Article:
I am politically independent for several reasons, but to be independent just to be independent is not one of them. I don’t believe in being a rebel without a cause.
Whenever a politician who is, or at least comes across, as an independent thinker, enters the race, it grabs my attention. But, does it mean I’m hooked? No, it means only that I take notice.
They still have to make their case!
Why am I drawn to independent candidates? It’s because most candidates from either camp try to adhere to all the planks of their camp.
I, on the other hand, don’t believe in all the planks of either camp, in fact, I believe in some of the planks of both camps.
So, neither camp completely fills the bill for me, as I feel that each demands that its followers adhere to all of the planks in the camp, some of which I don’t agree with.
So, what do I look for in an independent candidate? First, it doesn’t matter to me what party they belong to or if they are affiliated with any party or not, so long as they are willing to think on their own and, if they do belong to a party, that they’re willing to challenge the party on some issues.
But, it’s more than just a willingness to call out the status quo. They also have to have ideas of their own. Too often, including this time around, I’ve seen candidates who tout themselves as independent thinkers, come out with no solutions or ideas of their own, and in some cases, only attacking the other candidates and the media for simply questioning them.
I remember an election year in the past where a new party was, …attempted?, to be formed, called the “Reform Party”. Well, it was touted as the answer to the other two parties, but all it was, was chaos. They never really brought any new ideas, except to say they were an alternative to the other two parties. It went nowhere.
Yes, like many of you, I do want to see a challenge to the two parties, but it needs to be a credible challenge. Such as a candidate who not only points out where the other two parties go wrong, but also offers up solutions, and communicates to the people of both sides that they don’t have to fear an independent candidate who demonstrates that he or she can still lead despite the lack of party affiliation, and can communicate the message of “The people first, party second.”
So, what does an independent candidate need to do to have a chance of real success, both for him or herself as well as for the people?
- Yes, point out how the status quo is not working and attack the issues and failed solutions, not silly things as to whether a moderator or interviewer asked a supposed “gotcha” or unfair question, or whether an opponent hugged someone from the opposing party. It’s important for candidates to remember that, in order to work towards a solution, people from opposing sides often have to work together and it’s easier to be friendly while doing so, especially in times of crisis. And, as for supposed unfair media questions, candidates must remember that the real world will throw these kinds of questions at them all the time!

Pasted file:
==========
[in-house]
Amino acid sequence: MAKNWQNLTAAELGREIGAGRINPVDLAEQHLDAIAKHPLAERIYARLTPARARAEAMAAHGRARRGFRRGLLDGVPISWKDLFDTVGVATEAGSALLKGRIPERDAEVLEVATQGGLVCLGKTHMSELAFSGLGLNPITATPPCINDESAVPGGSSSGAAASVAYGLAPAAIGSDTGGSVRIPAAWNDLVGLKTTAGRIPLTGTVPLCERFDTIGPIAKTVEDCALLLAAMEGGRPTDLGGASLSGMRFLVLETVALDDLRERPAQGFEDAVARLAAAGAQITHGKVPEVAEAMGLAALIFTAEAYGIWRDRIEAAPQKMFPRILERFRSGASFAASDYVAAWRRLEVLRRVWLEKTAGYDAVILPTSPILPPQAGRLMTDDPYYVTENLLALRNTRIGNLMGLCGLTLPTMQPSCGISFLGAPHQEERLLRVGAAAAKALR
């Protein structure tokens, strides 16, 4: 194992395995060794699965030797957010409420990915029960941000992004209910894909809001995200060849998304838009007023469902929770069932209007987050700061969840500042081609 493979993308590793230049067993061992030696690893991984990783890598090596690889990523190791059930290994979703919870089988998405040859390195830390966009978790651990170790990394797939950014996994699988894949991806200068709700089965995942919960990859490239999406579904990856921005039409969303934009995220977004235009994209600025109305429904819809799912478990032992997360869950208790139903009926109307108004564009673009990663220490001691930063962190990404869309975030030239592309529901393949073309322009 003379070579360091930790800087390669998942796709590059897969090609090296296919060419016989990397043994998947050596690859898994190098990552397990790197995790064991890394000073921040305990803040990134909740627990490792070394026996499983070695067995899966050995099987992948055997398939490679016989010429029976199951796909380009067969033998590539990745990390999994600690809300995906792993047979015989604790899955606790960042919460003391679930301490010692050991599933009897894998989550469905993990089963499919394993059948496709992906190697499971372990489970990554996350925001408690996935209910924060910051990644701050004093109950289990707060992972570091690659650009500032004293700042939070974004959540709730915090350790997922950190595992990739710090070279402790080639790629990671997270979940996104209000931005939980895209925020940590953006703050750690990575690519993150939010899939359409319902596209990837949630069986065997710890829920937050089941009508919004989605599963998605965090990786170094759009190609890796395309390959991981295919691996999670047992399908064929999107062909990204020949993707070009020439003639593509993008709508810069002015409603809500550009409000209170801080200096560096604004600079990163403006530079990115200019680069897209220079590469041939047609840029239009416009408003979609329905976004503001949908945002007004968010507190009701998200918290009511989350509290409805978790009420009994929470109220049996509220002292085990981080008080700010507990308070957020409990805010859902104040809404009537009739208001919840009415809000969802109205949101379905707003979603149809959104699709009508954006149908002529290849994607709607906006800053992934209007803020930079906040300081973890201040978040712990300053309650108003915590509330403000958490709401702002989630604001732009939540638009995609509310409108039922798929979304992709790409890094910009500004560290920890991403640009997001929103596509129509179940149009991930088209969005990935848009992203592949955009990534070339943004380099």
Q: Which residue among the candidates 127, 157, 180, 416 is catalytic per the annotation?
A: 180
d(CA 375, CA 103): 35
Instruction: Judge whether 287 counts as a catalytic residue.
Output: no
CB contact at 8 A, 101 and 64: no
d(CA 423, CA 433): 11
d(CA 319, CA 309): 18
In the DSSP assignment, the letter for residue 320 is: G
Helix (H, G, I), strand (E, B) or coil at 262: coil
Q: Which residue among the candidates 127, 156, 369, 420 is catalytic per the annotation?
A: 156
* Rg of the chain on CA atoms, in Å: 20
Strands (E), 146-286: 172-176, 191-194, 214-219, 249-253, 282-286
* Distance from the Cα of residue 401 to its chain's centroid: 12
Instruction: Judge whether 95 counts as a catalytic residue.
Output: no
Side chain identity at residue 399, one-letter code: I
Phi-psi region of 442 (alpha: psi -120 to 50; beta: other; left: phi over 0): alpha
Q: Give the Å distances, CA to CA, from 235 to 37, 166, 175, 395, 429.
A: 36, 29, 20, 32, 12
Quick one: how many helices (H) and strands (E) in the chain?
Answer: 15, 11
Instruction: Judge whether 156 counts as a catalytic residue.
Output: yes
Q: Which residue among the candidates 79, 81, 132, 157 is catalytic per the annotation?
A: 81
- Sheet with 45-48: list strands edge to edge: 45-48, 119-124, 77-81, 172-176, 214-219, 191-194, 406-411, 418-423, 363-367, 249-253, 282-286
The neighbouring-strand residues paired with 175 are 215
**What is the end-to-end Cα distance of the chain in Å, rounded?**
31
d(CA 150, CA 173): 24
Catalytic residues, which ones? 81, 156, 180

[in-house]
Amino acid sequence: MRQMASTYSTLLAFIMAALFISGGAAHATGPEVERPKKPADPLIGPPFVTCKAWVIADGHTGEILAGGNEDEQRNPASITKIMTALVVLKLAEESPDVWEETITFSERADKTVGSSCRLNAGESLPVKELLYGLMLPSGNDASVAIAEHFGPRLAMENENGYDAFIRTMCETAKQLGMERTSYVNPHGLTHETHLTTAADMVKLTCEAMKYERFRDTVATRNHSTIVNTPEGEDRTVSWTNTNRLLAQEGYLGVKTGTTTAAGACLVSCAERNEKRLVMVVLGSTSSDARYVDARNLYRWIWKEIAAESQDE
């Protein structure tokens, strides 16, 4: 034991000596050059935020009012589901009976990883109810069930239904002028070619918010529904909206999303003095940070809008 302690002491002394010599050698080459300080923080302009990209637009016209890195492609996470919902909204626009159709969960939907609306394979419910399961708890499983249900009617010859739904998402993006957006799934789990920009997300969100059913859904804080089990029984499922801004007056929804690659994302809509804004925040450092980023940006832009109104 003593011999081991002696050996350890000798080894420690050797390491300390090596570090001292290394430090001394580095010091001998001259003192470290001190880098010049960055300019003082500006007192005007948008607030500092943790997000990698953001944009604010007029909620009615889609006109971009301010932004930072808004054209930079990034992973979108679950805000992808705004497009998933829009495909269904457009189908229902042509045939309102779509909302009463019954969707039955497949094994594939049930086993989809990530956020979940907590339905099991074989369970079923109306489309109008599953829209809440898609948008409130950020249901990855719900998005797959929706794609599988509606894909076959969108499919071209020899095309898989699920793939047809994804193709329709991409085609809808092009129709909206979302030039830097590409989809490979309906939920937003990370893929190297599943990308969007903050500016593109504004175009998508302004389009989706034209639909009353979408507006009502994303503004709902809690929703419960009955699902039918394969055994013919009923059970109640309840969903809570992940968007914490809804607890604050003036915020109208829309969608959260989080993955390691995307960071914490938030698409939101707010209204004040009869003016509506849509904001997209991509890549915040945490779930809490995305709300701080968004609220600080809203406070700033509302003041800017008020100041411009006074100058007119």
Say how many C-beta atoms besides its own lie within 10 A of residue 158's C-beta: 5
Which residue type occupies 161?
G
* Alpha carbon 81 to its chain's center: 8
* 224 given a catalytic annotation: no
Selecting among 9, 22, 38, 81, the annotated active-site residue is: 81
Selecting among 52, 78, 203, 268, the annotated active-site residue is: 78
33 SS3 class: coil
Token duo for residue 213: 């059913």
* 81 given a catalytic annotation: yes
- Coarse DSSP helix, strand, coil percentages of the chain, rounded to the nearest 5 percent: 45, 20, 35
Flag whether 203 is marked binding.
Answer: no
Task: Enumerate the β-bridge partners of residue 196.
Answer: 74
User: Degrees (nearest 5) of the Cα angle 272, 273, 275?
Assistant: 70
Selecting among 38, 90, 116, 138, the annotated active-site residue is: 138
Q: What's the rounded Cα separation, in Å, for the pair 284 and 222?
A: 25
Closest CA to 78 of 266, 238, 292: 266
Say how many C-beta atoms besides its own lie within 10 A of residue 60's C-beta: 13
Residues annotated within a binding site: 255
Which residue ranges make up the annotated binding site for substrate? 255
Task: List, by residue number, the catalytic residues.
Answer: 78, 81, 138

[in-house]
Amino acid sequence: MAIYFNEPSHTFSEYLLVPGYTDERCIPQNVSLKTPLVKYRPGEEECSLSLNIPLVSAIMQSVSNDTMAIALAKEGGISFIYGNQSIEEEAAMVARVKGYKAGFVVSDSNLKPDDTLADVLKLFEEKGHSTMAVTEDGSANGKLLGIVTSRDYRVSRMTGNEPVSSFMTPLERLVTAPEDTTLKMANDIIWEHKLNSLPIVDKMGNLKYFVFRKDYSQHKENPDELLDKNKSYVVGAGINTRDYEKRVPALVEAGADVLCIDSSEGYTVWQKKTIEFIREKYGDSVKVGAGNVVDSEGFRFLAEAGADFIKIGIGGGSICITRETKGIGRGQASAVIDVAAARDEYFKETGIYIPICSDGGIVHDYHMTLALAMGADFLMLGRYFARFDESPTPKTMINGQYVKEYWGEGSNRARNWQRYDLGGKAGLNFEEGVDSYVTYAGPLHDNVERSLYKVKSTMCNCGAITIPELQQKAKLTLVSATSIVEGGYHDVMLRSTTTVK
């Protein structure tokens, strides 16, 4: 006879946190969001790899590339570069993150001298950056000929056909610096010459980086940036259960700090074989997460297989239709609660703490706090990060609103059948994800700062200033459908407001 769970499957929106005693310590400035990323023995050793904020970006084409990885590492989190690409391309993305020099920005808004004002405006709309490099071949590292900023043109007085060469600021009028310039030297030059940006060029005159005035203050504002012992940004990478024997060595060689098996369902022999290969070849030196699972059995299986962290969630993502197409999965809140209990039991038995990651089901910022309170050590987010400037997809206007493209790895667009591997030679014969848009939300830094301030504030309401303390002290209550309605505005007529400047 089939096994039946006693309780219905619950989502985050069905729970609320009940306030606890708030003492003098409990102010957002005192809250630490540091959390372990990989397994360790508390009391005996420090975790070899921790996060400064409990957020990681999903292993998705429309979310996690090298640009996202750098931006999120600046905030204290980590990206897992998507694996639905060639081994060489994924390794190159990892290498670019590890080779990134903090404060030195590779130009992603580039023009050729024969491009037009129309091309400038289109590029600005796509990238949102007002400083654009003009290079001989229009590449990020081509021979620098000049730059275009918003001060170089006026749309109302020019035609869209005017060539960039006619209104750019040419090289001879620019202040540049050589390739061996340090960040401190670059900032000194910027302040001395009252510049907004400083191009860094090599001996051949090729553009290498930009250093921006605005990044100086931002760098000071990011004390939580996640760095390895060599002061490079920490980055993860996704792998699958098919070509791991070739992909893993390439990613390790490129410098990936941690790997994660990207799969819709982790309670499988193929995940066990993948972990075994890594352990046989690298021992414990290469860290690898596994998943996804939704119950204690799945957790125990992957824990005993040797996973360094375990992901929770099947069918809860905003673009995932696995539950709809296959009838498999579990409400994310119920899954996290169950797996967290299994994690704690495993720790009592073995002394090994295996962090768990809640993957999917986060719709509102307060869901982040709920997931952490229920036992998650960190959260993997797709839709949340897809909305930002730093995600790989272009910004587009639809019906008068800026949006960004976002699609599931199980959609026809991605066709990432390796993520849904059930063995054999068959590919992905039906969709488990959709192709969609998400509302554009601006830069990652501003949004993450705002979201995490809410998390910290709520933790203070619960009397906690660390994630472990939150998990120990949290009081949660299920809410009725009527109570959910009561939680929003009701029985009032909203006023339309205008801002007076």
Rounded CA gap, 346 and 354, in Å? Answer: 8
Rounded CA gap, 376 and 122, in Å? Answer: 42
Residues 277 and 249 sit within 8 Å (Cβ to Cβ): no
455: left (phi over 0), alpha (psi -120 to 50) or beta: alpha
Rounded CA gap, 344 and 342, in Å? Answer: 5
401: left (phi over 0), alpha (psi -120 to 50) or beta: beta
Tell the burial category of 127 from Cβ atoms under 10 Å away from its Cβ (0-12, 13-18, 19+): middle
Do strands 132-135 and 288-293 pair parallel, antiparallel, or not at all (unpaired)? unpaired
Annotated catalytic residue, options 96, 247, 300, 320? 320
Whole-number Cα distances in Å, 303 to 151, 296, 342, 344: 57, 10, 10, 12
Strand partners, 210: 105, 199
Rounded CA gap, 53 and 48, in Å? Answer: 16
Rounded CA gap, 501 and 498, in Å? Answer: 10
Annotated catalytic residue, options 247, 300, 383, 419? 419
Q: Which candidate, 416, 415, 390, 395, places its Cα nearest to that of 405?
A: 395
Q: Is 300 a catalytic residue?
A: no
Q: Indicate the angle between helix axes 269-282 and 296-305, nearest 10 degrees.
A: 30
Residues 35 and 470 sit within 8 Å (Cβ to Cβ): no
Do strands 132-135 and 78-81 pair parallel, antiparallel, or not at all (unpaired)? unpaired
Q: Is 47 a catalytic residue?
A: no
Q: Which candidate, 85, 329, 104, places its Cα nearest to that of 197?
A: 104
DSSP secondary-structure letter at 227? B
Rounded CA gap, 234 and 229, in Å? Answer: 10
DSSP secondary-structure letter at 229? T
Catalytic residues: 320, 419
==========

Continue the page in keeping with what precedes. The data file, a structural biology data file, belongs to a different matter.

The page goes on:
- If the candidate is a member of a major party, they must be willing to go against their party if their position on an issue is at odds with the party line.
- The independent candidate must be willing to talk to media and the people on both sides of the political spectrum.
- They need to convey the message that they can work with both sides to a viable solution but not be fence-sitters or flip floppers. That does not mean they cannot change their position if it’s for the right reasons, however!
- They have to convince the people to not follow their parties blindly, but to really think things through. This can be really tough, but if a candidate has the charisma, I believe it can be done.
- Probably not last, but very important is, they must have viable solutions to problems, especially to those they point out! Too often, independent candidates end up being viewed as not having any substance. Sure, in the beginning, they often draw a significant following, especially from those who are really fed up with the status quo and the major parties. But they often only go so far, and support stops growing, or even wanes, as people see that the candidate is offering no solutions but instead only keeps pointing out the same problems over and over.
So, this is just my opinion, but, I do ask that, during campaign season, you really, really, evaluate the candidates for everything, not just a few sound bites.
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